Sunday, 27 January 2013

Live Review: A Place To Bury Strangers



Artist: A Place To Bury Strangers:
Supports: Pearls, The Rational Academy
Venue: The Zoo
Date: Wednesday, January 23, 2013

The whole “New York City’s loudest band” tag was always destined to reduce expectation for someone indulging in an A Place To Bury Strangers live show. Although they didn’t tar the band with this brush, the statement is a  typical NMEism and is something the band will always live with, whether it be by people going up to them and stating the fact, or whether it be reading their own press release. I’m not here to state that I’ve have seen louder. That’s beside the point, really. The so called noise terrorism antics take away the real essence of an APTBS’ live show circa 2013.
If I’m honest, my initial thoughts of this band led me to believe they were a bit of a Mary Chain tribute act; however that was just laziness on my part. Their self titled debut is haunting, abrasive and just plain rocking. You’d be hard pressed to find a more solid debut record today. Sure, there’s a Mary Chain/Depeche Mode pastiche, but instead of downer you’re looking more toward upper, which is probably the most obvious contrast here. Nine Inch Nails could’ve used some of APTBS’ panache on their latter albums. It’s no surprise Trent Reznor handpicked the New York trio to support NIN around the States.
From their debut album, Exploding Head, was a subtle variation from its predecessor, tightening up a few loose ends, which result in the album’s title pretty much telling the whole story. Their third album, Worship, is a gem and hints toward the band refining their song-writing quality. This is probably front man, Oliver Ackermann’s finest journey as a song-writer. ‘Fear’ is one of the best songs they’ve written and live it translated brilliantly. Despite the various personnel changes, this latest line-up of Ackermann, bassist, Dion Lunadon, and drummer, Robi Gonzales, seem water tight, even if the latter two look like the bastard children of Richard Hell. In fact, that makes it all the fucking better!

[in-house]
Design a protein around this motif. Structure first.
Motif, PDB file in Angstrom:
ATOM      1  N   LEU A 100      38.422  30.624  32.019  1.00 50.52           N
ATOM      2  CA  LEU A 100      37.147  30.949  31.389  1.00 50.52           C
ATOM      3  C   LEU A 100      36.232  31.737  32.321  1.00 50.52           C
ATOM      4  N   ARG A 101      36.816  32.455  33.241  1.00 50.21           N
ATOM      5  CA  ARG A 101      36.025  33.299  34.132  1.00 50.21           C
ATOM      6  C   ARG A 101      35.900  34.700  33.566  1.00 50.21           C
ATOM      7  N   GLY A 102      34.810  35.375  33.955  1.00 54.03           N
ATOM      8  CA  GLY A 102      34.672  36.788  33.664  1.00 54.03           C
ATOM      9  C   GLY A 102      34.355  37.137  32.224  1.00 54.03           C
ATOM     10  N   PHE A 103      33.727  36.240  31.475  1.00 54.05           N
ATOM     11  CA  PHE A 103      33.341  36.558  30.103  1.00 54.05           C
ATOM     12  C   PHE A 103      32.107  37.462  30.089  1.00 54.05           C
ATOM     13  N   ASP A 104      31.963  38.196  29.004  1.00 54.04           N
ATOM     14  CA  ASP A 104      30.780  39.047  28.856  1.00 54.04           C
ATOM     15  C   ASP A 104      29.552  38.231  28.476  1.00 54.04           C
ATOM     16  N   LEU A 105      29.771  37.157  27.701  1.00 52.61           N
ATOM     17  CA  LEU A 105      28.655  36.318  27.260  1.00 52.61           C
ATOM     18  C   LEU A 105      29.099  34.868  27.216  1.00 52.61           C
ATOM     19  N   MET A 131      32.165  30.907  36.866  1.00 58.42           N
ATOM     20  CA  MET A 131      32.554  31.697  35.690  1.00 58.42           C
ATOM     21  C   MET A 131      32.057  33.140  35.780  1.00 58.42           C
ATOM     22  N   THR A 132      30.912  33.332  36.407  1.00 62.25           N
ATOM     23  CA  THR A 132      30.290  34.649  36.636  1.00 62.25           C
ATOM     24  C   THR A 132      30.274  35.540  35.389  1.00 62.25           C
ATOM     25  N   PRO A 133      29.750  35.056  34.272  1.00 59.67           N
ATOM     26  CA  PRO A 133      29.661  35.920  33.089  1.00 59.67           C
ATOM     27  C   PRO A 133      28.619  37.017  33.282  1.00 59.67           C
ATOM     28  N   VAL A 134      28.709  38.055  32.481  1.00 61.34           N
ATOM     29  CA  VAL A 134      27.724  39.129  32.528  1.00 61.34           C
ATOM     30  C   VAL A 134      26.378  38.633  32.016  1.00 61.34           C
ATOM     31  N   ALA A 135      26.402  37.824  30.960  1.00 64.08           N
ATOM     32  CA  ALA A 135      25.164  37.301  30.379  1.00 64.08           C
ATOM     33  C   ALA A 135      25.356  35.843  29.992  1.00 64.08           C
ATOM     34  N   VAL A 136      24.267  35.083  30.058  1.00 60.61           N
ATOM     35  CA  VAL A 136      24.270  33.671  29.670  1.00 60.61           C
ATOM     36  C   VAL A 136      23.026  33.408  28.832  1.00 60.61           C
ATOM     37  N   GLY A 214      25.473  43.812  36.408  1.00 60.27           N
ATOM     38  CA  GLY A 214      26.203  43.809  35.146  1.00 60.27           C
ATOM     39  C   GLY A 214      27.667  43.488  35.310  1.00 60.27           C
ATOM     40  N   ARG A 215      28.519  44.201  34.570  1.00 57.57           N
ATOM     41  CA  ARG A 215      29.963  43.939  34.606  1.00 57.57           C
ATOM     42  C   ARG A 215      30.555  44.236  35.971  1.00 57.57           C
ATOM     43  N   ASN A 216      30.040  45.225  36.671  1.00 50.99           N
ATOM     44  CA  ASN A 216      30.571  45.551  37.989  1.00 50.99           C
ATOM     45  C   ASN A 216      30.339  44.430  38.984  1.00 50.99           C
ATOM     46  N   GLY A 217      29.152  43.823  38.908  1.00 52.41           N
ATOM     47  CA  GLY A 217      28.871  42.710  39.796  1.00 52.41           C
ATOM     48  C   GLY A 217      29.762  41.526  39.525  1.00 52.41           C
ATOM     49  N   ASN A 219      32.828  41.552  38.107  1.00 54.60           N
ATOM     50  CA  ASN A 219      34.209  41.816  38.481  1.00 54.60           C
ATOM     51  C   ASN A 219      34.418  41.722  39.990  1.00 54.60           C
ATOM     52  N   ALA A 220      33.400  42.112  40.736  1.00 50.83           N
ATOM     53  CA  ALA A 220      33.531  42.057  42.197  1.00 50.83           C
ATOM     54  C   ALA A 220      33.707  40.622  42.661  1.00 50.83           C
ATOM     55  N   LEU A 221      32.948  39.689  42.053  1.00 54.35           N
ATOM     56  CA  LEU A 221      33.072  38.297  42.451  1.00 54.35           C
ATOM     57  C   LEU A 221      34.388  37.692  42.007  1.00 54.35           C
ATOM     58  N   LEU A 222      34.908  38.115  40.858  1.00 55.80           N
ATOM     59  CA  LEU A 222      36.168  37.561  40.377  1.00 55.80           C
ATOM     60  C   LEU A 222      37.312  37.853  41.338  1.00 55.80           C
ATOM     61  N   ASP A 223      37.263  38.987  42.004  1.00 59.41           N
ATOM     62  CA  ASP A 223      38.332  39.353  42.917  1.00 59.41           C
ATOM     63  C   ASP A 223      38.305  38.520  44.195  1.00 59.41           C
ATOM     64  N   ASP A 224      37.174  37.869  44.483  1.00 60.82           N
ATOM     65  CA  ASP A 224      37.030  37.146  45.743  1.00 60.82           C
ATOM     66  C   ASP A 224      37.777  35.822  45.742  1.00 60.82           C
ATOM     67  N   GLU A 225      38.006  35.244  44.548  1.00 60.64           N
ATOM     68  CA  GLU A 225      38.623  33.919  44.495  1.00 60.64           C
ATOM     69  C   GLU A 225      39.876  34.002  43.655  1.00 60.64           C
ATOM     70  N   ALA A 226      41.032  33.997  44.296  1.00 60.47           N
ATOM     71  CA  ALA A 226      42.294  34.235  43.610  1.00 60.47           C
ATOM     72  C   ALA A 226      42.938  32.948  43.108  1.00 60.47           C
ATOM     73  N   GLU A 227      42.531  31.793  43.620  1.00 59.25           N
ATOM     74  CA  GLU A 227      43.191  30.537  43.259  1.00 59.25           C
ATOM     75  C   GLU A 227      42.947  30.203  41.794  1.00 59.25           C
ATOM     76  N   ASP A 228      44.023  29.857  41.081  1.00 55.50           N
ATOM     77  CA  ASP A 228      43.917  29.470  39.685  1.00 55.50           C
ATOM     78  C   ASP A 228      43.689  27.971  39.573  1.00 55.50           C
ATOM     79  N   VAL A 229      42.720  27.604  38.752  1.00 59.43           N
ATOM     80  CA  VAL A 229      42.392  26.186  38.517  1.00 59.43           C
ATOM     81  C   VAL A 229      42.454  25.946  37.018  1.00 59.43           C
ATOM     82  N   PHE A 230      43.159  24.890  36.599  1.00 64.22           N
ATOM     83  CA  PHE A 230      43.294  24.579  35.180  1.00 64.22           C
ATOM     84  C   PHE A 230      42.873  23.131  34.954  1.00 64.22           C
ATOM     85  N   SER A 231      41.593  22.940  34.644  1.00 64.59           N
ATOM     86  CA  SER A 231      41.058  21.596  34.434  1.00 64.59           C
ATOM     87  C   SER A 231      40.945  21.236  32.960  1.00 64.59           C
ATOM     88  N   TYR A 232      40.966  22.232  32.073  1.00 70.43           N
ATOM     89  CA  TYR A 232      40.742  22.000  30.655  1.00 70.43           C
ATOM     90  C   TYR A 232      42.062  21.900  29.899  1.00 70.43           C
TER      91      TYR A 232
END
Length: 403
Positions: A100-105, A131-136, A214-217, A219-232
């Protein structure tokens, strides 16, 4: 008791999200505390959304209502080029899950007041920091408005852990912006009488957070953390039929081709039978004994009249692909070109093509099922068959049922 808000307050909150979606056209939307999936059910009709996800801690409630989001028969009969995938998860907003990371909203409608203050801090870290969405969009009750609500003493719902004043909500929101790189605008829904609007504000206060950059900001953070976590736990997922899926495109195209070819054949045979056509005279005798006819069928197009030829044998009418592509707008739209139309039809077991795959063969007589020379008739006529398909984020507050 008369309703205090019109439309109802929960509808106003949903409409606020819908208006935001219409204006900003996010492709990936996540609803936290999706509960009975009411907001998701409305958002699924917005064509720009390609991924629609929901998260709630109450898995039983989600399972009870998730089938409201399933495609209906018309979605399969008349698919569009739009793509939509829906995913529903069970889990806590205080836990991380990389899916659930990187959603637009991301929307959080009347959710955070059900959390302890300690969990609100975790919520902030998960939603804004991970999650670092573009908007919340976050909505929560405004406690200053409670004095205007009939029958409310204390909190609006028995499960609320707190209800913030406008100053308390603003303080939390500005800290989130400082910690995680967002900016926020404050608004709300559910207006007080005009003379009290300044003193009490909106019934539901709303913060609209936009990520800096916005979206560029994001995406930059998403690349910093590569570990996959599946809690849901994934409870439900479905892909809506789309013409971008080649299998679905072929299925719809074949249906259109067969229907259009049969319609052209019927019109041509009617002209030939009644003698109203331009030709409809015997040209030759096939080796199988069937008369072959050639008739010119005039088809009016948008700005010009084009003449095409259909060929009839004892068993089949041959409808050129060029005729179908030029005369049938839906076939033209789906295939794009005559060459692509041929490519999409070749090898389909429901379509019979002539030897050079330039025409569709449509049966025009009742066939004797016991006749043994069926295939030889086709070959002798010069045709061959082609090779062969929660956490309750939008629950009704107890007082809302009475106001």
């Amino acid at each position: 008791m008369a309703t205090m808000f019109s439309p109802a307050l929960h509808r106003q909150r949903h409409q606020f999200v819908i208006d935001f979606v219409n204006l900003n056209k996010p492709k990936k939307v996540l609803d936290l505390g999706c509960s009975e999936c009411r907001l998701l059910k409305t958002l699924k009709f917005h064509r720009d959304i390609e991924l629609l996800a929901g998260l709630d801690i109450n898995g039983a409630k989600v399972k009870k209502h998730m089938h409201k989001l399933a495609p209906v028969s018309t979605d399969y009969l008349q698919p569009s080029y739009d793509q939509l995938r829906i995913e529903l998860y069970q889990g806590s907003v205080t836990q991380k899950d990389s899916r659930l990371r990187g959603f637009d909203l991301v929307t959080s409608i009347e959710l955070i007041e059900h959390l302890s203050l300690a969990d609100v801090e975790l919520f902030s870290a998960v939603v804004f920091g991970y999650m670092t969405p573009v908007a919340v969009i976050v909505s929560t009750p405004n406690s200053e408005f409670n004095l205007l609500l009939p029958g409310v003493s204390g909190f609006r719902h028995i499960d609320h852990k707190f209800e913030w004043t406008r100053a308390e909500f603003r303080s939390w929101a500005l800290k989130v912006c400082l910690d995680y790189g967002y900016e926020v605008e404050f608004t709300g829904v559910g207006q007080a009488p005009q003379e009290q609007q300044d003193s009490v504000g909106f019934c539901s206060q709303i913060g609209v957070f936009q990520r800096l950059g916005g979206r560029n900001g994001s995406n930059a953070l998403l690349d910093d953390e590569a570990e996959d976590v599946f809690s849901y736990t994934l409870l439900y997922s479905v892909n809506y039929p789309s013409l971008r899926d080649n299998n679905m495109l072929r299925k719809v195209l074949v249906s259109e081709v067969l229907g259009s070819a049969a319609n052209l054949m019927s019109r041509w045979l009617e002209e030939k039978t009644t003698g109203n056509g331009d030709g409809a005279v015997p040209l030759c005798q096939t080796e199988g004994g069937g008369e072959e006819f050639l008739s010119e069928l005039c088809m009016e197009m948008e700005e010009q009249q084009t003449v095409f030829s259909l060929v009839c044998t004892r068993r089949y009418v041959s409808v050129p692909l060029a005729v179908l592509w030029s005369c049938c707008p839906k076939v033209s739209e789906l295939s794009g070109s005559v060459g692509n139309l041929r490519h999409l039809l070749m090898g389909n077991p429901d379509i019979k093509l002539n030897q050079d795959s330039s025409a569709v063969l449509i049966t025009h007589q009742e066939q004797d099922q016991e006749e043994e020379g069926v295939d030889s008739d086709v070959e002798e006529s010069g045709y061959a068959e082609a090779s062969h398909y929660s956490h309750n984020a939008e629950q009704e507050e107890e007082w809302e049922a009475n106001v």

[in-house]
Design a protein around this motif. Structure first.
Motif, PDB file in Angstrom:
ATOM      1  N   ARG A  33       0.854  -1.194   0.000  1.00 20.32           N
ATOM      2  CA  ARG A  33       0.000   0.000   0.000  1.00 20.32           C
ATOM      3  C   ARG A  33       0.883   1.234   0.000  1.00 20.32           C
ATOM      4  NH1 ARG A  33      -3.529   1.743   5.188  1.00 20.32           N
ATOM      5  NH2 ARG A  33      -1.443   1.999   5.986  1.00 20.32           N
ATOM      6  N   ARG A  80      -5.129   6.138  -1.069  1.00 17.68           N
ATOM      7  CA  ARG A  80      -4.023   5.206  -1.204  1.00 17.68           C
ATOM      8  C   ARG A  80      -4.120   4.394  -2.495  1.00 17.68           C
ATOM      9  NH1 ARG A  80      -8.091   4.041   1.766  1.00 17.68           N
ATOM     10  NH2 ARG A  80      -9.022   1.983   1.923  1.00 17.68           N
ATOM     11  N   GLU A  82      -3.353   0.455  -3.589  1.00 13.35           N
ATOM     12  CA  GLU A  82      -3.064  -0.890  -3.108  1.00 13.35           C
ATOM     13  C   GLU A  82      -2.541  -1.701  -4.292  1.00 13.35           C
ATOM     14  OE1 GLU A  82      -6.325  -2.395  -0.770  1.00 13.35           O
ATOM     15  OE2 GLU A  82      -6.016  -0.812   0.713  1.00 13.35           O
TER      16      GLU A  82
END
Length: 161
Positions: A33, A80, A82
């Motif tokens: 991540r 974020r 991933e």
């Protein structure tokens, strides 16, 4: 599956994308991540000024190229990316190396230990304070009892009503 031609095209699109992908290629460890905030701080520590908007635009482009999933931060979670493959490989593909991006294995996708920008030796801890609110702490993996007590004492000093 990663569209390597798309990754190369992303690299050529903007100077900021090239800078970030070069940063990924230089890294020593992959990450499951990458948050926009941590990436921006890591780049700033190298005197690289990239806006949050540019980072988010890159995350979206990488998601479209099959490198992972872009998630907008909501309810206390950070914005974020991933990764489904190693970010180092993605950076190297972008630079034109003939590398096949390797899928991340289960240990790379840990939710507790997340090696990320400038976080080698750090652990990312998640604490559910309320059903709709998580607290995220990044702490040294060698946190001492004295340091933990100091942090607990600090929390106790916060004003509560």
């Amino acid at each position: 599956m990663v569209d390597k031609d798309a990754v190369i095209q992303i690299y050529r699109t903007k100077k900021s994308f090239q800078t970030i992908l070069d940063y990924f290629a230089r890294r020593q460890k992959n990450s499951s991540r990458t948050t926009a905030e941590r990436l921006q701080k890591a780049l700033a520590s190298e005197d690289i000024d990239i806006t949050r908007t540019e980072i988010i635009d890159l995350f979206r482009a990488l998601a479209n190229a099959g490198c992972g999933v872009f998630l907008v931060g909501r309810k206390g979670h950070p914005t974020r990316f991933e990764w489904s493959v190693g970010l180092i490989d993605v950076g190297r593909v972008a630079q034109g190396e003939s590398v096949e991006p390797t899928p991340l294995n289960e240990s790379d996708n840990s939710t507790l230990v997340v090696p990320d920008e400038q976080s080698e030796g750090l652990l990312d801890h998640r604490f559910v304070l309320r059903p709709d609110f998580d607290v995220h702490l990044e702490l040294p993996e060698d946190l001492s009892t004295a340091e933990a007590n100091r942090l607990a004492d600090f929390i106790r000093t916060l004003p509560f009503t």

Although live I did expect to have my head pulverized with ear splitting distortion and feedback, I wasn’t disappointed coming out the other side unharmed and empty handed with these preconceptions. APTBS are more than just a feedback drenching experience. Sure, songs such as ‘Drill It Up’ and ‘Revenge’ are rather good representations to those loosely associated with the band, but it’s tracks such as the finely crafted ‘Fear’ and the ethereal ‘Why I Can’t Cry Anymore’ that uncover a new layer previously unheard in the APTBS pantheon. Some songs live seem to lean toward an industrial hybrid that almost feel like chamber rock, which you can’t really gage on record. It’s a place where I expected to be taken to by Nine Inch Nails live, and sadly wasn’t. I’m rather glad APTBS filled the void, albeit surprisingly.
Overall, A Place To Bury Strangers presented a performance that translated into a different experience for me. But different is good and make no mistake, their performance was tight; a proper collective effort. Local support act, The Rational Academy, owned, too, on the back of their new album, Winter Haunts, presenting an experimental psych pop/shoegaze stomp, while Melbourne trio, Pearls, also had their moments. It was a good night for the minority that filled The Zoo’s floor space.
…Which leads me to end this review on a rather acerbic note and one I didn’t really intend to touch on, seeming as though this blog is designed for happy escapism. The attendance numbers were piss poor. Saying there were eighty people in the audience is stretching the truth. Okay, so times aren’t the healthiest, but that doesn’t stop the majority jerking off over the latest IPhone version and paying through the nose to endure such an empty pleasure. Thirty five dollars, people. And yes, you can bring your IPhone and update your Facebook status, I’m pretty sure there’d be reception.
For years Brisbane folk have pissed and moaned about being the ones to miss out on acclaimed touring acts. We are lucky enough Heathen Skulls’ Robert McManus has the vision to quash these notions yet we fail to extend our gratitude to people like him who actually seem to care and continuously bring international bands to Brisbane. Are we a community that isn’t happy unless we’re having a moan? Start showing some love otherwise soon enough there will be nothing to love.
Simon K.